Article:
Contact: paxtools@cbio.mskcc.org or lunaa@cbio.mskcc.org.
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http://dx.doi.org/10.1093/bioinformatics/btv733DOI Listing
http://www.ncbi.nlm.nih.gov/pmc/articles/PMC4824129PMC
April 2016

Perturbation biology nominates upstream-downstream drug combinations in RAF inhibitor resistant melanoma cells.

Elife 2015 Aug 18;4. Epub 2015 Aug 18.

Computational Biology Center, Memorial Sloan Kettering Cancer Center, New York, United States.

Resistance to targeted cancer therapies is an important clinical problem. The discovery of anti-resistance drug combinations is challenging as resistance can arise by diverse escape mechanisms. To address this challenge, we improved and applied the experimental-computational perturbation biology method. Using statistical inference, we build network models from high-throughput measurements of molecular and phenotypic responses to combinatorial targeted perturbations. The models are computationally executed to predict the effects of thousands of untested perturbations. In RAF-inhibitor resistant melanoma cells, we measured 143 proteomic/phenotypic entities under 89 perturbation conditions and predicted c-Myc as an effective therapeutic co-target with BRAF or MEK. Experiments using the BET bromodomain inhibitor JQ1 affecting the level of c-Myc protein and protein kinase inhibitors targeting the ERK pathway confirmed the prediction. In conclusion, we propose an anti-cancer strategy of co-targeting a specific upstream alteration and a general downstream point of vulnerability to prevent or overcome resistance to targeted drugs.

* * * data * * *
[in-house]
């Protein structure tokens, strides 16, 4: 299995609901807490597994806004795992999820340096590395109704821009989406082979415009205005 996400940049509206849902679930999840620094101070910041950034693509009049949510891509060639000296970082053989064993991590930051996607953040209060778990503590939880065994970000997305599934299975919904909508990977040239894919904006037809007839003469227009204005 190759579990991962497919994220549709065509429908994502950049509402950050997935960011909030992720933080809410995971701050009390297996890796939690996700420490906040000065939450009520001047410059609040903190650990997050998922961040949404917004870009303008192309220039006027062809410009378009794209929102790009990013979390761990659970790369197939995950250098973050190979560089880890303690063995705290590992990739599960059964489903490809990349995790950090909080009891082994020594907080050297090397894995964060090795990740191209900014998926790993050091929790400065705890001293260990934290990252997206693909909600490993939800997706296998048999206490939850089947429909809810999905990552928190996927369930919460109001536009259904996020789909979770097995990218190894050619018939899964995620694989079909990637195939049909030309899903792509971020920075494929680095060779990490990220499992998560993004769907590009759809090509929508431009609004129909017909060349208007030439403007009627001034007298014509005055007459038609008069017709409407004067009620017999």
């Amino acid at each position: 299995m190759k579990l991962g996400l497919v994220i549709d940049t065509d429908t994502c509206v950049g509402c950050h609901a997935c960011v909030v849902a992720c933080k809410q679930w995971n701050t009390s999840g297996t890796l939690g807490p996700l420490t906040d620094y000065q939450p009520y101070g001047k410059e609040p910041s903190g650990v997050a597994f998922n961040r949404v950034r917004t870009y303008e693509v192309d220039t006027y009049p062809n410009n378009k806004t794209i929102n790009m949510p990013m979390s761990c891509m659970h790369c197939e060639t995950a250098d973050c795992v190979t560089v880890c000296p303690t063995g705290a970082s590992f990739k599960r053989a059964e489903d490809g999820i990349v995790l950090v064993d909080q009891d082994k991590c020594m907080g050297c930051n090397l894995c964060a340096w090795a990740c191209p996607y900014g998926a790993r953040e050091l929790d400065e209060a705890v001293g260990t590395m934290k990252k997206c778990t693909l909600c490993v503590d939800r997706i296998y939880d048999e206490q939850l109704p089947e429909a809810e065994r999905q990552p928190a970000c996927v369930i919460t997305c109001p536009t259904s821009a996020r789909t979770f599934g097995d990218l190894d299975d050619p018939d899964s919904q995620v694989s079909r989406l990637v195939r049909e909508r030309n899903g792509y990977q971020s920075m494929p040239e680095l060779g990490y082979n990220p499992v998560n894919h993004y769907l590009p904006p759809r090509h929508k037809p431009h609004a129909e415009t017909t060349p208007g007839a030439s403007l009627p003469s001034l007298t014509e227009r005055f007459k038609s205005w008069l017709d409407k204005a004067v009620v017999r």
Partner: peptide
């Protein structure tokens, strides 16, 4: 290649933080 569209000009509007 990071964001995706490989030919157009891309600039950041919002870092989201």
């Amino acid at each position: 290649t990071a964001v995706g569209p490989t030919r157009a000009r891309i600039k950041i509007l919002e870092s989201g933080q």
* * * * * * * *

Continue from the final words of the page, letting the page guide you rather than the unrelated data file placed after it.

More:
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http://dx.doi.org/10.7554/eLife.04640DOI Listing
http://www.ncbi.nlm.nih.gov/pmc/articles/PMC4539601PMC
August 2015

SBGNViz: A Tool for Visualization and Complexity Management of SBGN Process Description Maps.

PLoS One 2015 1;10(6):e0128985. Epub 2015 Jun 1.

Computational Biology Center, Memorial Sloan-Kettering Cancer Center, New York, NY, USA.

Background: Information about cellular processes and pathways is becoming increasingly available in detailed, computable standard formats such as BioPAX and SBGN. Effective visualization of this information is a key recurring requirement for biological data analysis, especially for -omic data. Biological data analysis is rapidly migrating to web based platforms; thus there is a substantial need for sophisticated web based pathway viewers that support these platforms and other use cases.